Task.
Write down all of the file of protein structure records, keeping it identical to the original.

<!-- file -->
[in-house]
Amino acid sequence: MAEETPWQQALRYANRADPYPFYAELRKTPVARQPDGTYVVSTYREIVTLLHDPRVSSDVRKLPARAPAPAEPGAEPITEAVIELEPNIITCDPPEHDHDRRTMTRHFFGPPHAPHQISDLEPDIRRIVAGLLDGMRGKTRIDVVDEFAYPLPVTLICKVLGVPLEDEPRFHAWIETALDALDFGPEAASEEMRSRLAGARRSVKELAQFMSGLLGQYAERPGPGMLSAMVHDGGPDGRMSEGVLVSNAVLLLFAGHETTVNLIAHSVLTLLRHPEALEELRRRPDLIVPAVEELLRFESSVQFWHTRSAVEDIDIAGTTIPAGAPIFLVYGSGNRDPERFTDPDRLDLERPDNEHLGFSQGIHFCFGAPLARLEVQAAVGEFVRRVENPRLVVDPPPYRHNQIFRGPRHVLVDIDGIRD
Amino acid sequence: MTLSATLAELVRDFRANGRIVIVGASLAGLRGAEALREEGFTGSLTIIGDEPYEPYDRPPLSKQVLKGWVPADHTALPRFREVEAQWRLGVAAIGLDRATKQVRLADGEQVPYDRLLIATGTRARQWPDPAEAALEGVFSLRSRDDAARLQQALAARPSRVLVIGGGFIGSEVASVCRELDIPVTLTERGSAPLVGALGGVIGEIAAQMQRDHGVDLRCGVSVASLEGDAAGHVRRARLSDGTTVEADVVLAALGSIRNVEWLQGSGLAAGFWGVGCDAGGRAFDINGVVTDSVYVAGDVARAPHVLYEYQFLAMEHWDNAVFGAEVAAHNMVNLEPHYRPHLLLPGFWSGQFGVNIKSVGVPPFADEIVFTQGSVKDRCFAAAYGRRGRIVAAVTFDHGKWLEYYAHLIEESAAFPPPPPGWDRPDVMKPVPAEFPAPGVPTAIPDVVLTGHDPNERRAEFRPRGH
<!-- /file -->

[in-house]
Amino acid sequence: MAEETPWQQALRYANRADPYPFYAELRKTPVARQPDGTYVVSTYREIVTLLHDPRVSSDVRKLPARAPAPAEPGAEPITEAVIELEPNIITCDPPEHDHDRRTMTRHFFGPPHAPHQISDLEPDIRRIVAGLLDGMRGKTRIDVVDEFAYPLPVTLICKVLGVPLEDEPRFHAWIETALDALDFGPEAASEEMRSRLAGARRSVKELAQFMSGLLGQYAERPGPGMLSAMVHDGGPDGRMSEGVLVSNAVLLLFAGHETTVNLIAHSVLTLLRHPEALEELRRRPDLIVPAVEELLRFESSVQFWHTRSAVEDIDIAGTTIPAGAPIFLVYGSGNRDPERFTDPDRLDLERPDNEHLGFSQGIHFCFGAPLARLEVQAAVGEFVRRVENPRLVVDPPPYRHNQIFRGPRHVLVDIDGIRD
Amino acid sequence: MTLSATLAELVRDFRANGRIVIVGASLAGLRGAEALREEGFTGSLTIIGDEPYEPYDRPPLSKQVLKGWVPADHTALPRFREVEAQWRLGVAAIGLDRATKQVRLADGEQVPYDRLLIATGTRARQWPDPAEAALEGVFSLRSRDDAARLQQALAARPSRVLVIGGGFIGSEVASVCRELDIPVTLTERGSAPLVGALGGVIGEIAAQMQRDHGVDLRCGVSVASLEGDAAGHVRRARLSDGTTVEADVVLAALGSIRNVEWLQGSGLAAGFWGVGCDAGGRAFDINGVVTDSVYVAGDVARAPHVLYEYQFLAMEHWDNAVFGAEVAAHNMVNLEPHYRPHLLLPGFWSGQFGVNIKSVGVPPFADEIVFTQGSVKDRCFAAAYGRRGRIVAAVTFDHGKWLEYYAHLIEESAAFPPPPPGWDRPDVMKPVPAEFPAPGVPTAIPDVVLTGHDPNERRAEFRPRGH